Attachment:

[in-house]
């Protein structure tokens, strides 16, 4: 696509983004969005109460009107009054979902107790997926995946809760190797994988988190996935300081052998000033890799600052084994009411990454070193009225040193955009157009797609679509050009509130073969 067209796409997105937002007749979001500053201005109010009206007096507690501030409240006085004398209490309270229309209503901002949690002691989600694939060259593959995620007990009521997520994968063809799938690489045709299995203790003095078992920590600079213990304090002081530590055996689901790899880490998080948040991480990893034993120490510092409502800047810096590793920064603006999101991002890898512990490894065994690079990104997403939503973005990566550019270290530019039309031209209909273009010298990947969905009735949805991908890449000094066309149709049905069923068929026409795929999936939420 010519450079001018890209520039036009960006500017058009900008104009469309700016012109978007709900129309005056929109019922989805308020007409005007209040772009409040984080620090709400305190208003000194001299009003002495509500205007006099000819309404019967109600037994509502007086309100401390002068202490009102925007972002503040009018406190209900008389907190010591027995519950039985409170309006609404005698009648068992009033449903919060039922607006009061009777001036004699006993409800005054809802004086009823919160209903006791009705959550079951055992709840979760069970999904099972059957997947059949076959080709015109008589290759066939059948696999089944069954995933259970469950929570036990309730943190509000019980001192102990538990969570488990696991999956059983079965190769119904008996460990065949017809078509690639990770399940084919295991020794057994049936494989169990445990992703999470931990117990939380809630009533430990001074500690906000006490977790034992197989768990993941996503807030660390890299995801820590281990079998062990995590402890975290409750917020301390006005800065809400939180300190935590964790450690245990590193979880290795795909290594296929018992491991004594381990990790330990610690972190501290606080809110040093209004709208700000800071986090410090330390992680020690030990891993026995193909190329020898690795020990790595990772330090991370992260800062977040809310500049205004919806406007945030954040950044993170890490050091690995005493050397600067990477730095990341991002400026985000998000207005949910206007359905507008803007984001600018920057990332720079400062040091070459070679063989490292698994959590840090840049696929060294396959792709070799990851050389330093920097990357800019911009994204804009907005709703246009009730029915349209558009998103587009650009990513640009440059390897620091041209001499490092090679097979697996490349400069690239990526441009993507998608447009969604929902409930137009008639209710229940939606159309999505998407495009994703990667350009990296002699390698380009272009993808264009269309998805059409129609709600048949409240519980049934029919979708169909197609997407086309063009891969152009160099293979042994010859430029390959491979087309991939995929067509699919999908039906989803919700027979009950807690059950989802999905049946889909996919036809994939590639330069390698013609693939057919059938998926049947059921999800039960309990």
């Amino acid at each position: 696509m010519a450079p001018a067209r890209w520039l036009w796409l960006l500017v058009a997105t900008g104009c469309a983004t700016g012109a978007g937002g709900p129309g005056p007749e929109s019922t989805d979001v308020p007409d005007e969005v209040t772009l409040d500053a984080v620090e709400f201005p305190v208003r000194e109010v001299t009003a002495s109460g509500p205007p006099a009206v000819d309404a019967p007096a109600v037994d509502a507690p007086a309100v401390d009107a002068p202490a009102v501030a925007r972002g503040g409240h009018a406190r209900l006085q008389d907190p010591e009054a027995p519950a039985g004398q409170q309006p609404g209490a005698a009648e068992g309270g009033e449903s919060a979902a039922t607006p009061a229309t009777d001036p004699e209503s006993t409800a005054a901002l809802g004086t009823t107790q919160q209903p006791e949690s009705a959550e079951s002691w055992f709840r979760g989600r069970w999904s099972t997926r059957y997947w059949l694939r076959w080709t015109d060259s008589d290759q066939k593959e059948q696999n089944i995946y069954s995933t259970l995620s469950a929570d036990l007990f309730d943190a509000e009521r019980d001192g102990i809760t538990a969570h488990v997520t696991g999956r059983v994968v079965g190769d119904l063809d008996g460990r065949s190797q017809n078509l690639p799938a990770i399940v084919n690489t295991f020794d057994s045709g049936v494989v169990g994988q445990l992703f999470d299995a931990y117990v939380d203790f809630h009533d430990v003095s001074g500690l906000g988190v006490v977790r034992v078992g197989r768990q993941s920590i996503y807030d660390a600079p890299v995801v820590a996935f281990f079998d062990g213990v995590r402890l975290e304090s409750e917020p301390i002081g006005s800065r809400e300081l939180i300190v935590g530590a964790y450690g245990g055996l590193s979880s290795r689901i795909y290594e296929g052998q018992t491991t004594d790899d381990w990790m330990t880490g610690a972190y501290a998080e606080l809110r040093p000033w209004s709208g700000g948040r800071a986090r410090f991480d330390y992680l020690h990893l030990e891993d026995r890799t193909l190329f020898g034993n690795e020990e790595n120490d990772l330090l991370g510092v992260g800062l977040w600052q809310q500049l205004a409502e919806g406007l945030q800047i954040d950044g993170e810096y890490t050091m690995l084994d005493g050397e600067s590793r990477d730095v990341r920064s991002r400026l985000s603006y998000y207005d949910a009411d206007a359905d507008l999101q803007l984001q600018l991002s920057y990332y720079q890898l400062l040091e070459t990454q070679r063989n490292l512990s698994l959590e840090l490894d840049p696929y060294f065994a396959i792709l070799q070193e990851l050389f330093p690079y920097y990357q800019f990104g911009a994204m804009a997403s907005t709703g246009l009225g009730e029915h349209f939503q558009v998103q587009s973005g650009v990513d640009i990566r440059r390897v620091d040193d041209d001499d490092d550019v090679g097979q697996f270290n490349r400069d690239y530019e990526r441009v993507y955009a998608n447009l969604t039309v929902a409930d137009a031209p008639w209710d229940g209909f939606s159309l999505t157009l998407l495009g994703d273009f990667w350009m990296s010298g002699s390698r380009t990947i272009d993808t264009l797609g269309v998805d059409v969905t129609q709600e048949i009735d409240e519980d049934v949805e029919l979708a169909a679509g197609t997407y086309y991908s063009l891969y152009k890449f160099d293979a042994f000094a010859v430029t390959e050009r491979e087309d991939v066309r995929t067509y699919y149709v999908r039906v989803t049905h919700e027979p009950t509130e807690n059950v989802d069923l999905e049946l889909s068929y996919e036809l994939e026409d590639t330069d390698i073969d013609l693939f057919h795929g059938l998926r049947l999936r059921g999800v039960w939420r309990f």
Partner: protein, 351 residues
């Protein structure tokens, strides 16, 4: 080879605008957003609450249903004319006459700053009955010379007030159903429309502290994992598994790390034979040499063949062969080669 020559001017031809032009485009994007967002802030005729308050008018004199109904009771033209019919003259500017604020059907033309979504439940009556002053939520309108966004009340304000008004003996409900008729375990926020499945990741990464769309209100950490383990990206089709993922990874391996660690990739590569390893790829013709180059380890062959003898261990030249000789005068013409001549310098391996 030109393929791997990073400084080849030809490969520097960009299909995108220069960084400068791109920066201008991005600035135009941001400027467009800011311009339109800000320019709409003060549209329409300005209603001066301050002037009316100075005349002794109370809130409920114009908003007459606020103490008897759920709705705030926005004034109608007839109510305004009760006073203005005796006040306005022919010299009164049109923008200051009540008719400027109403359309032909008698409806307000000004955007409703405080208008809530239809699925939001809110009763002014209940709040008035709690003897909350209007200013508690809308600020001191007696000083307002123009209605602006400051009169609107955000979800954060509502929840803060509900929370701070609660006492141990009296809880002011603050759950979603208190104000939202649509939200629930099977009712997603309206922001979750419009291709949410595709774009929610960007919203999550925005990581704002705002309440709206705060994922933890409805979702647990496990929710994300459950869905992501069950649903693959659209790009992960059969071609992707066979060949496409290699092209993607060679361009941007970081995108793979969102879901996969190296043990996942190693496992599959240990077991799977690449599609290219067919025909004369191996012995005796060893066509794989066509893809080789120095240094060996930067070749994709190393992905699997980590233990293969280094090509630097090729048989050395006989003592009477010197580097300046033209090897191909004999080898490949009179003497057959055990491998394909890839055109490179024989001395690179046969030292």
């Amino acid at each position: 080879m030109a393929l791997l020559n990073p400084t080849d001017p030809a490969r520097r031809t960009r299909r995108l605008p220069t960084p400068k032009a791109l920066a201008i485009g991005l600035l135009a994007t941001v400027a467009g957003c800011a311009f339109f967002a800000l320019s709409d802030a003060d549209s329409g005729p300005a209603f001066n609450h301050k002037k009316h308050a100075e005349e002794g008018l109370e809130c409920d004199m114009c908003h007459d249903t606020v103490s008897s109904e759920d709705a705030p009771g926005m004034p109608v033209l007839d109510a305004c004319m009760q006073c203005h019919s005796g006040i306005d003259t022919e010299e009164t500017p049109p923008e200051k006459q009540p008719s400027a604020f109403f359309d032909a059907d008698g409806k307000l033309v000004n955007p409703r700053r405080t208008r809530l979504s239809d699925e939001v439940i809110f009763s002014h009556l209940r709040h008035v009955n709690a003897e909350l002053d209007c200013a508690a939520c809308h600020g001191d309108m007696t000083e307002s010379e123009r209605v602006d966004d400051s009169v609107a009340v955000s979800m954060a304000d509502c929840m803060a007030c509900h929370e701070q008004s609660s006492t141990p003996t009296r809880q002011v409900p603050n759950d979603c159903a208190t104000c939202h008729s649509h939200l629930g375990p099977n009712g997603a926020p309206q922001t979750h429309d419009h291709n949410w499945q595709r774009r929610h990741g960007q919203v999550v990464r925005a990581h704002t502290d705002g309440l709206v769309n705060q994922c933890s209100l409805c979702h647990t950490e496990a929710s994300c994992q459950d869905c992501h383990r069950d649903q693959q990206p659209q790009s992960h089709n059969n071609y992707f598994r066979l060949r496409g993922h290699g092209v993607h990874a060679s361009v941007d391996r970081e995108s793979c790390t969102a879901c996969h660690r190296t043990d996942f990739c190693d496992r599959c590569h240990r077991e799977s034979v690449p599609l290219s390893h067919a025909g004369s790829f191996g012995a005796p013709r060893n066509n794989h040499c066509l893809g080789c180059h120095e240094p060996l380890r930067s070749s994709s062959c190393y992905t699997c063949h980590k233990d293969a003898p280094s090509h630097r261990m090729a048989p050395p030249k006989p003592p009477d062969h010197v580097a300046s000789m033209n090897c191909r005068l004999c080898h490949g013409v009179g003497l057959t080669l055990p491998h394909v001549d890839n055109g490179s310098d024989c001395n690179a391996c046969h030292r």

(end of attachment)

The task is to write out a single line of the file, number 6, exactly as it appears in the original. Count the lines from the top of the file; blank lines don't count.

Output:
């Amino acid at each position: 080879m030109a393929l791997l020559n990073p400084t080849d001017p030809a490969r520097r031809t960009r299909r995108l605008p220069t960084p400068k032009a791109l920066a201008i485009g991005l600035l135009a994007t941001v400027a467009g957003c800011a311009f339109f967002a800000l320019s709409d802030a003060d549209s329409g005729p300005a209603f001066n609450h301050k002037k009316h308050a100075e005349e002794g008018l109370e809130c409920d004199m114009c908003h007459d249903t606020v103490s008897s109904e759920d709705a705030p009771g926005m004034p109608v033209l007839d109510a305004c004319m009760q006073c203005h019919s005796g006040i306005d003259t022919e010299e009164t500017p049109p923008e200051k006459q009540p008719s400027a604020f109403f359309d032909a059907d008698g409806k307000l033309v000004n955007p409703r700053r405080t208008r809530l979504s239809d699925e939001v439940i809110f009763s002014h009556l209940r709040h008035v009955n709690a003897e909350l002053d209007c200013a508690a939520c809308h600020g001191d309108m007696t000083e307002s010379e123009r209605v602006d966004d400051s009169v609107a009340v955000s979800m954060a304000d509502c929840m803060a007030c509900h929370e701070q008004s609660s006492t141990p003996t009296r809880q002011v409900p603050n759950d979603c159903a208190t104000c939202h008729s649509h939200l629930g375990p099977n009712g997603a926020p309206q922001t979750h429309d419009h291709n949410w499945q595709r774009r929610h990741g960007q919203v999550v990464r925005a990581h704002t502290d705002g309440l709206v769309n705060q994922c933890s209100l409805c979702h647990t950490e496990a929710s994300c994992q459950d869905c992501h383990r069950d649903q693959q990206p659209q790009s992960h089709n059969n071609y992707f598994r066979l060949r496409g993922h290699g092209v993607h990874a060679s361009v941007d391996r970081e995108s793979c790390t969102a879901c996969h660690r190296t043990d996942f990739c190693d496992r599959c590569h240990r077991e799977s034979v690449p599609l290219s390893h067919a025909g004369s790829f191996g012995a005796p013709r060893n066509n794989h040499c066509l893809g080789c180059h120095e240094p060996l380890r930067s070749s994709s062959c190393y992905t699997c063949h980590k233990d293969a003898p280094s090509h630097r261990m090729a048989p050395p030249k006989p003592p009477d062969h010197v580097a300046s000789m033209n090897c191909r005068l004999c080898h490949g013409v009179g003497l057959t080669l055990p491998h394909v001549d890839n055109g490179s310098d024989c001395n690179a391996c046969h030292r």